Genetically engineered mice could be created as cheap methods to detect anything that releases molecules into the air. (drug detection, some kinds of cancers and disease)
Scientists are engineering a real-life Mighty Mouse that will scurry through fields sniffing out hidden landmines thanks to olfactory superpowers.
The researchers, at Hunter College of the City University of New York, have genetically engineered the animals to be 500 times better equipped than their normal counterparts to sniff out landmine explosives. They hope that these "hero mice" could warn of buried bombs.
Hidden landmines are a deadly reality in nearly 70 countries globally, and detection and removal are expensive and dangerous. Currently, metal detectors, radar, magnetometers, and sniffer dogs are used to search for them.
A Belgian organization called APOPO already uses giant African pouched rats as a cheaper way to sniff out landmines. The rats are not genetically modified, but their sense of smell is sharp enough to detect TNT. The bomb-sniffing rats are taught to scratch the ground when they detect a hidden mine (fortunately, they are small enough not to set off the explosives). While the furry minesweepers are effective (with two handlers, they can cover a field in one hour that would take two full days for metal detectors), they need nine months of training to become reliable, a process that costs around 6,000 euros per rat.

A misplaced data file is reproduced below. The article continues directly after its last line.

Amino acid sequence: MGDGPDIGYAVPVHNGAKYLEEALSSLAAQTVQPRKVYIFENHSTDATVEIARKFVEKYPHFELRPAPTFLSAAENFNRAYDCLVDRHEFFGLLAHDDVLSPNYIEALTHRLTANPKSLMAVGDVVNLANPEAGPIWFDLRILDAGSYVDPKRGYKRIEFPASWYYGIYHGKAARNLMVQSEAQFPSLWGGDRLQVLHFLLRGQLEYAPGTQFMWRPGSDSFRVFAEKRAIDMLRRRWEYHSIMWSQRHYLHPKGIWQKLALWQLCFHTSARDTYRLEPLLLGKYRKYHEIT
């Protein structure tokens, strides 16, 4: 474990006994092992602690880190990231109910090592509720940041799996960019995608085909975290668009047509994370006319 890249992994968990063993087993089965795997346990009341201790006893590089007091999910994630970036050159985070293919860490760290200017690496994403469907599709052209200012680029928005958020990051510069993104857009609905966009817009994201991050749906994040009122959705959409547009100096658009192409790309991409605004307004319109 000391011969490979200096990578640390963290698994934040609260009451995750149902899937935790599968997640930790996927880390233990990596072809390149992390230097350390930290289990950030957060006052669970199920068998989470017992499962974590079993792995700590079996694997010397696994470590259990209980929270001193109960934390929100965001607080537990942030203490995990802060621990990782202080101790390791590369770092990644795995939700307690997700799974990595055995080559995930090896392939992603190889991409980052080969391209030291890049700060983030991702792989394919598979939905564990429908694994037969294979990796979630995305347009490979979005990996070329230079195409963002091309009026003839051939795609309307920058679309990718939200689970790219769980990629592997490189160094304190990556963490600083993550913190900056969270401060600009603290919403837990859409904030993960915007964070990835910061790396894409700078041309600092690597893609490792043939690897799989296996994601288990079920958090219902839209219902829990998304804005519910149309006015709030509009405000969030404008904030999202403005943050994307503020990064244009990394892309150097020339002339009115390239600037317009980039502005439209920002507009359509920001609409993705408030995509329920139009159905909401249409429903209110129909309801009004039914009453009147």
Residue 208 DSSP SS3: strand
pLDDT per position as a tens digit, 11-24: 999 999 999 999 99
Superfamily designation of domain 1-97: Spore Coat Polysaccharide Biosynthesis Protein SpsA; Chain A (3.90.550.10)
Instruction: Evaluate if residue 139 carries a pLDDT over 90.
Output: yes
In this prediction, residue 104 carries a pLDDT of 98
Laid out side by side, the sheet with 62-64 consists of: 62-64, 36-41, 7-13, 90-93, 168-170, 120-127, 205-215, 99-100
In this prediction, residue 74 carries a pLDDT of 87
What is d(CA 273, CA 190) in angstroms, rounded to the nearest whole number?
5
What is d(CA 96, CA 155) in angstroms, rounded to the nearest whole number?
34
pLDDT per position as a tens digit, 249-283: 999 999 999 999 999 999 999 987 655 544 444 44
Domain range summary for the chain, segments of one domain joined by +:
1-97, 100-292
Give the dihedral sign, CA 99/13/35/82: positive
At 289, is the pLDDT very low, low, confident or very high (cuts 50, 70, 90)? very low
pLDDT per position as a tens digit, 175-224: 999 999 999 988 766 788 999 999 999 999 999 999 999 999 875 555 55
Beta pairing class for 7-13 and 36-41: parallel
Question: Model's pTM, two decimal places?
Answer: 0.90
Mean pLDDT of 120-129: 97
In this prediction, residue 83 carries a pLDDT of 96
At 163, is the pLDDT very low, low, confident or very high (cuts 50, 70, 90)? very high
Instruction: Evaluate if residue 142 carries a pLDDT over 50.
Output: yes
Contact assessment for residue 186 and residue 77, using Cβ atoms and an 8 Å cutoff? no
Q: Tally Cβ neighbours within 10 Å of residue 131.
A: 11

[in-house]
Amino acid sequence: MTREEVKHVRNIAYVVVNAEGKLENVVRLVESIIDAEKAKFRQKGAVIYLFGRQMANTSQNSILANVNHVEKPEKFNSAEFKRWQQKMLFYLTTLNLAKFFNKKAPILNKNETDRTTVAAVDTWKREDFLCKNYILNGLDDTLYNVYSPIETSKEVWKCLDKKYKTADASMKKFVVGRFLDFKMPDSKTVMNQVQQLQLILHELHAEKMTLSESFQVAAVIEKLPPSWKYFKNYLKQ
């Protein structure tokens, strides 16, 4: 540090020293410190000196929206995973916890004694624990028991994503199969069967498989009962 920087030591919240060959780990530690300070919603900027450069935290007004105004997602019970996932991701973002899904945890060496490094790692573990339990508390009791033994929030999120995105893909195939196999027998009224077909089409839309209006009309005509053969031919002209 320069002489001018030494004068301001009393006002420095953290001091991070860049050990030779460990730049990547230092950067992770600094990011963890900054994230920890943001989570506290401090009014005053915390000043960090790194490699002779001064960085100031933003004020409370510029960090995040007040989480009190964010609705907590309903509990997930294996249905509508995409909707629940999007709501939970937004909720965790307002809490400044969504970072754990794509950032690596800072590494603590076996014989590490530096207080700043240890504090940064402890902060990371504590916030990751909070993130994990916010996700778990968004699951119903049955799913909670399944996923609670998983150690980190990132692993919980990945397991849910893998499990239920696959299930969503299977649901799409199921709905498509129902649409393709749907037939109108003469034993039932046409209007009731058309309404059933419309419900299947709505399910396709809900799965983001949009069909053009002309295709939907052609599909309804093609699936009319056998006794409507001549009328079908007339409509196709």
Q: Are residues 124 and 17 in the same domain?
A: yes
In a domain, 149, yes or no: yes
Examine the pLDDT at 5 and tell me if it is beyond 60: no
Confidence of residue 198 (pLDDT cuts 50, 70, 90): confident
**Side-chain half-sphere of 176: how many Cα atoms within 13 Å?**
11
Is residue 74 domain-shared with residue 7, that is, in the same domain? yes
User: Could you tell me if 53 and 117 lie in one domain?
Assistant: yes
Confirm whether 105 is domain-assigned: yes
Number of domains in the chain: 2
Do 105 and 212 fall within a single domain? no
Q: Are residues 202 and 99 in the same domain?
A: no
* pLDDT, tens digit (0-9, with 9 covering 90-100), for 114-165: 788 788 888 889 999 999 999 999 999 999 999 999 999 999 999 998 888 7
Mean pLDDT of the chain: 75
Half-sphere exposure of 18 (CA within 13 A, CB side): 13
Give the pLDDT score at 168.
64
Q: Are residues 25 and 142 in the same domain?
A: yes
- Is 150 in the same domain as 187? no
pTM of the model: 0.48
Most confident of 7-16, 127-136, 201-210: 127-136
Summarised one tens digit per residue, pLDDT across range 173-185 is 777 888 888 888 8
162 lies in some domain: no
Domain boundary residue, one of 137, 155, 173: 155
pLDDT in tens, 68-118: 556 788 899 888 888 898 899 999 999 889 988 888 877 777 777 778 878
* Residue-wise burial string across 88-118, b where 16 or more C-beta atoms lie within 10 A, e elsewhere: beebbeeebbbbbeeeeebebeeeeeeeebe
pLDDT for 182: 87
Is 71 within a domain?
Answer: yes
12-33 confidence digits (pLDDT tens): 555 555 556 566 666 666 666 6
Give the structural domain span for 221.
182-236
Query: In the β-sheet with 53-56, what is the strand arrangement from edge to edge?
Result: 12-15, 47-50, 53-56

APOPO has stepped up its war on landmines and aims to spread the use of its unique rat detection and land release methodology through its Mine Action Programs. APOPO continues to develop combined approaches using existing demining technology as well as its innovative Mine Detection Rats (MDRs), leading to greater land release rates. In addition to the current use of these HeroRATs in clearance procedures, the role of rats in technical survey is also being explored, which will have a positive effect on overall efficiency of releasing land.
The genetically engineered mice, however, are so sensitive to TNT that encountering the molecule is likely to change their behavior involuntarily, so they would need little to no training. Charlotte D'Hulst, a molecular neurobiologist at Hunter College who presented her work at a meeting of the Society for Neuroscience, used genetic modification to ensure that the mice have 10,000 to 1,000,000 odor-sensing neurons with a TNT-detecting receptor compared with only 4,000 in a normal animal, "possibly amplifying the detection limit for this odor 500-fold," she says. Each odor-sensing neuron in a mouse's nose is spotted with one kind of odor receptor. Usually, each specific receptor is found in one out of every thousand odor-sensing neurons, but about half the scent-detecting neurons in D'Hulst's mice have the TNT-detecting receptor.
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